The past week has been one of sweeping changes. (…no comment…)  But one set of non-controversial changes is the Revised Construction Industry Arbitration and Mediation Procedures released by the American Arbitration Association.

The Rules, which take effect July 1, 2015, can be downloaded here.  The major revisions include:

  • A mediation step for all cases with claims of $100,000 or more (subject to the ability of any party to opt out).  Under the revised Rule 10, “…the parties shall mediator their dispute” where the claim or counterclaim exceeds $100,000.  The mediation is to take place concurrent with the arbitration proceedings so as not to cause delay.
  • Consolidation and joinder time frames and filing requirements to streamline these increasingly involved issues in construction arbitrations.  Revised Rule 7 requires that all requests for consolidation or joinder must be made prior to the appointment of an arbitrator or within 90 days of the date AAA determines all administrative filings have occurred, whichever is later.  A response to a request for consolidation is due within 10 days and a response to a request for joinder is due within 14 days.  The AAA has the authority to stay the arbitration or arbitrations impacted by the request.
  • New preliminary hearing rules to provide more structure and organization to get the arbitration process on the right track from the beginning.  New Rule 23 provides that at the discretion of the arbitrator, and depending upon the size and complexity of the matter, a preliminary hearing is to be scheduled as soon as practicable following the appointment of the arbitrator.  The Rule also includes a checklist comprised of 20 items that depending upon the size, subject matter, and complexity of the dispute may be addressed during the preliminary hearing subject to the discretion of the arbitrator.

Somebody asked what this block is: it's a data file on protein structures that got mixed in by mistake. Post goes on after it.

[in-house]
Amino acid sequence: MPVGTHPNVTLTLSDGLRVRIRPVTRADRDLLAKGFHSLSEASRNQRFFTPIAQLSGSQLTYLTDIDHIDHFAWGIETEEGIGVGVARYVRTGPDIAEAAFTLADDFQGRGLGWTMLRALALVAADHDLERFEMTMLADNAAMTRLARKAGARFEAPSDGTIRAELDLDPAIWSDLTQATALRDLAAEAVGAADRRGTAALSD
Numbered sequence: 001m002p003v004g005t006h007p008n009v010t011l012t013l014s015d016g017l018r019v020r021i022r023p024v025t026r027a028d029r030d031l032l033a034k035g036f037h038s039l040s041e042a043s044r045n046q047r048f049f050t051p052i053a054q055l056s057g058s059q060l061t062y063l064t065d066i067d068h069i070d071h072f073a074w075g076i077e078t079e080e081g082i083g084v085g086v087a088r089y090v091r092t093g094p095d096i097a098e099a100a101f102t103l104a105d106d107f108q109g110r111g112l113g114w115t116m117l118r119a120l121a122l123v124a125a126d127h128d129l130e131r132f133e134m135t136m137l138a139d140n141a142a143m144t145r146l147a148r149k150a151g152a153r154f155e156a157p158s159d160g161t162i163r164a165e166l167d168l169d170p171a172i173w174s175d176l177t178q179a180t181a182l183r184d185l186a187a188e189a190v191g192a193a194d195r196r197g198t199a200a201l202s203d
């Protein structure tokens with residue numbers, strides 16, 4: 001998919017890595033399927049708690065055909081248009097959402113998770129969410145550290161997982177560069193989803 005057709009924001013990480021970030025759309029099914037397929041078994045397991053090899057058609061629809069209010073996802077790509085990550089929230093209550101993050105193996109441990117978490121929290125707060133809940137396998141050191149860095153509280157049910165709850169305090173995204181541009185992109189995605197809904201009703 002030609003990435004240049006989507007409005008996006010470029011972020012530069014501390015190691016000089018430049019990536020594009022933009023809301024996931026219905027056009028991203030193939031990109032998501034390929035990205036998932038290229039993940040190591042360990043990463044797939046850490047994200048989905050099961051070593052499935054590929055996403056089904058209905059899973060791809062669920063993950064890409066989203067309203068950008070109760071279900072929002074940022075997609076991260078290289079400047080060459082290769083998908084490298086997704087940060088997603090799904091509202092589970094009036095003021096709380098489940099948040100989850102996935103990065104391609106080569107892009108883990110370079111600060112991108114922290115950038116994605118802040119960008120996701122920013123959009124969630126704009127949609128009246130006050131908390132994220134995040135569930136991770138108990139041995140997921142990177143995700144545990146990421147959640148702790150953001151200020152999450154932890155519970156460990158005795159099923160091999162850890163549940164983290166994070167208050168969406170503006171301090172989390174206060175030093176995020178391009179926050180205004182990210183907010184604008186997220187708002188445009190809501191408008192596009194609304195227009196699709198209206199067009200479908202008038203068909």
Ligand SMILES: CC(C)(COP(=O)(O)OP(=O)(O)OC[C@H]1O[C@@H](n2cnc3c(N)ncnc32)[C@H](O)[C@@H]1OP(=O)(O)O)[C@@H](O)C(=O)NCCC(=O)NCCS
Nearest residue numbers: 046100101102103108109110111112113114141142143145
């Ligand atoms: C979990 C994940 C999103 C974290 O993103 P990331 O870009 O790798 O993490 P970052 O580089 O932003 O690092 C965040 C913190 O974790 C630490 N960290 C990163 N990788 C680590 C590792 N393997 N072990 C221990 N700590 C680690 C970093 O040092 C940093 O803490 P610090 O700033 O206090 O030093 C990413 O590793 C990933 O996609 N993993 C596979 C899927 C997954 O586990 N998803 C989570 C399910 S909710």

• Information exchange measures to give arbitrators a greater degree of control to limit the exchange of information, including electronic documents.  New Rule 24 provides clarity to former rule regarding “Exchange of Information.”  The arbitrator has greater control over the exchange of information with a view toward achieving an economical resolution, while also balancing each party’s ability to present their case. As to electronic documents, the new rule provides that such information should be produced in the manner most convenient and economical for the producing party.
  • Availability of emergency measures of protection in contracts that have been entered into on or after July 1, 2015. New Rule 39 will enable parties to apply for emergency interim relief before an arbitrator that will be appointed within 24 hours of the AAA’s receipt of the request for emergency relief. The Rule provides that a party may seek emergency relief by notifying the AAA and the other parties to the arbitration, and then the AAA will quickly appoint an emergency arbitrator to address the emergency issue.
  • Enforcement power of the arbitrator to issue orders to parties that refuse to comply with the Rules or the arbitrator’s orders, including the following issues:  (a) confidential documents and information; (b) reasonable search parameters for electronic and other documents; (c) costs of producing documentation; (d) issues of willful non-compliance with any order; and (e) other types of enforcement orders.
  • Permissibility of dispositive motions to dispose of all or part of a claim. New Rule 34 This specifically provides that upon prior written application, the arbitrator may permit motions that dispose of all or a part of a claim, or narrow the issues in a case.

The revised rules also include provisions for giving arbitrators the power to award sanctions, disclosure provisions, and evidence by affidavits and post-hearing filings of documents.